Behcet's disease is a multisystem disorder characterized by recurrent aphtous ulcers of mucosal membranes, skin lesions, and vasculitis. The prevalence of vascular involvement is about 25% and this is the leading cause of death in Behcet's disease. Jugular vein involvement is an unusual manifestation of Behcet's disease. Medical insertion of needles into veins or arteries can induce thrombosis or aneurysms. Thus, diagnostic studies or therapy can aggravate the disease and even be fatal. We report a patient with Behcet's disease and rare internal jugular vein thrombosis. We also demonstrate the ability of noninvasive magnetic resonance imaging and magnetic resonance angiography to aid in the diagnosis and evaluation of vascular involvement in Behcet's disease, without risking iatrogenic complications. ( info)

6/110. Periodic fever and pharyngitis in young children: a new disease for the otolaryngologist?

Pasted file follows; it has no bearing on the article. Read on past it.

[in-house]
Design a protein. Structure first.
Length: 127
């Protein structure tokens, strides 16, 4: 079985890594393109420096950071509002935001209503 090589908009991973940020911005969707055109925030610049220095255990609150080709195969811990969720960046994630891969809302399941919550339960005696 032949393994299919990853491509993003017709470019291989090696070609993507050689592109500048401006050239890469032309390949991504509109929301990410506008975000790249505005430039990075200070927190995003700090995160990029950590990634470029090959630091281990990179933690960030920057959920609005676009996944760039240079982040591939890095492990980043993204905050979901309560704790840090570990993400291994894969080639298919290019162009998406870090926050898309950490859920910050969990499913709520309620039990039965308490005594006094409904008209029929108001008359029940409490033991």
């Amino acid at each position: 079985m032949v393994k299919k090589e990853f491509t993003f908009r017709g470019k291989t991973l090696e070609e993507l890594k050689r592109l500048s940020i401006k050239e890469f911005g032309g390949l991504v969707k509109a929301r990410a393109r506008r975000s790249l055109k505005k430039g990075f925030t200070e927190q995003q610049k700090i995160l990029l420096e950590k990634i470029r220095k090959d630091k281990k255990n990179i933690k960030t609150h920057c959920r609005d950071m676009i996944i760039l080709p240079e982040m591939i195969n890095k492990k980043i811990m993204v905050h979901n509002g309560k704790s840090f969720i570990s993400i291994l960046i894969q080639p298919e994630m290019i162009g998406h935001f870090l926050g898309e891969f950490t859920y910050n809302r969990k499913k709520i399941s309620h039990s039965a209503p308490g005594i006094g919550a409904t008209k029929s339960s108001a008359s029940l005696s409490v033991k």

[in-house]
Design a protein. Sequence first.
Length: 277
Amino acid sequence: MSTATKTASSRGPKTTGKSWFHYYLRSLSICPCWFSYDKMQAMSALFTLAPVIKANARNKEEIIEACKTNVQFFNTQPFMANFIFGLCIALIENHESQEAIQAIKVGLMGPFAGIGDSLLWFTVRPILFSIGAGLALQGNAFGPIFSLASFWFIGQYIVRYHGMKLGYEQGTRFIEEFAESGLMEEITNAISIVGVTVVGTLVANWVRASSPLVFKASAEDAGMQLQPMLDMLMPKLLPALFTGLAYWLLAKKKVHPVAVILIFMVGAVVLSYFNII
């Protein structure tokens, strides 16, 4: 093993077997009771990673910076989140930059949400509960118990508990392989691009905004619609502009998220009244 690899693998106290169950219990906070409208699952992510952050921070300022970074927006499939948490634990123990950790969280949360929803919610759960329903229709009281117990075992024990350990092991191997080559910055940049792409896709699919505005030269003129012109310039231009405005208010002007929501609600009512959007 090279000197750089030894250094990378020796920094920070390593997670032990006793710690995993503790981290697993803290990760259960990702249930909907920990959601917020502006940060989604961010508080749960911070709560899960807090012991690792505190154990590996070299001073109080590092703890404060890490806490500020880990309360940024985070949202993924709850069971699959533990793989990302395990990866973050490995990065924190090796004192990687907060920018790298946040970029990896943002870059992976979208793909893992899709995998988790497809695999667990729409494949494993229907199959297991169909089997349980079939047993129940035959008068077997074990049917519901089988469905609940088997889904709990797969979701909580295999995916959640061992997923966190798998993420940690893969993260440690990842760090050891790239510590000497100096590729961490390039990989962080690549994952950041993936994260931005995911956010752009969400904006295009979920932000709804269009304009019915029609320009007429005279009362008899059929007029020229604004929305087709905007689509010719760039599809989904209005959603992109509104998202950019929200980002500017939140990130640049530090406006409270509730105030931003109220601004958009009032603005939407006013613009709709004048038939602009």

OBJECTIVE: A clinical entity consisting of periodic fever associated with aphthous stomatitis, pharyngitis and cervical adenitis termed "PFAPA syndrome" in young children (<5 years old) may be unfamiliar to otolaryngologists. We present our 5-year experience of PFAPA syndrome. DESIGN: Case series. SETTING: Tertiary academic. patients: A 5-year retrospective chart review for children (<5 years old) who have undergone tonsillectomies with and without adenoidectomies was conducted. medical records from subjects who underwent the procedures for recurrent pharyngitis were reviewed with reference to a history of periodic fever and stomatitis associated with pharyngitis. INTERVENTIONS: tonsillectomy with and without adenoidectomy. MAIN OUTCOME MEASURE: The objective measure was a comparison of the number of visits to the primary care physician for pharyngitis associated with fever in a 3-month period before and after the surgical intervention. The subjective measure was a telephone interview evaluating preoperative and postoperative symptoms. RESULTS: Of the 117 patients identified, 22 (19%) underwent surgery for recurrent pharyngitis. Five subjects (average age, 2.5 years) were identified as having PFAPA syndrome. The average number of preoperative PFAPA-related complaints was 11.6 compared with 0.2 for the number of postoperative PFAPA-related complaints (P=.03). CONCLUSIONS: Our experience suggests that PFAPA syndrome is an uncommon disease. Most of these children have undergone workup(s) for sepsis performed by their pediatricians because of the associated high fever. The clinical history of this cohort was quite distinctive. This small sample suggests a significant decrease if not cessation of pharyngitis following surgical intervention. ( info)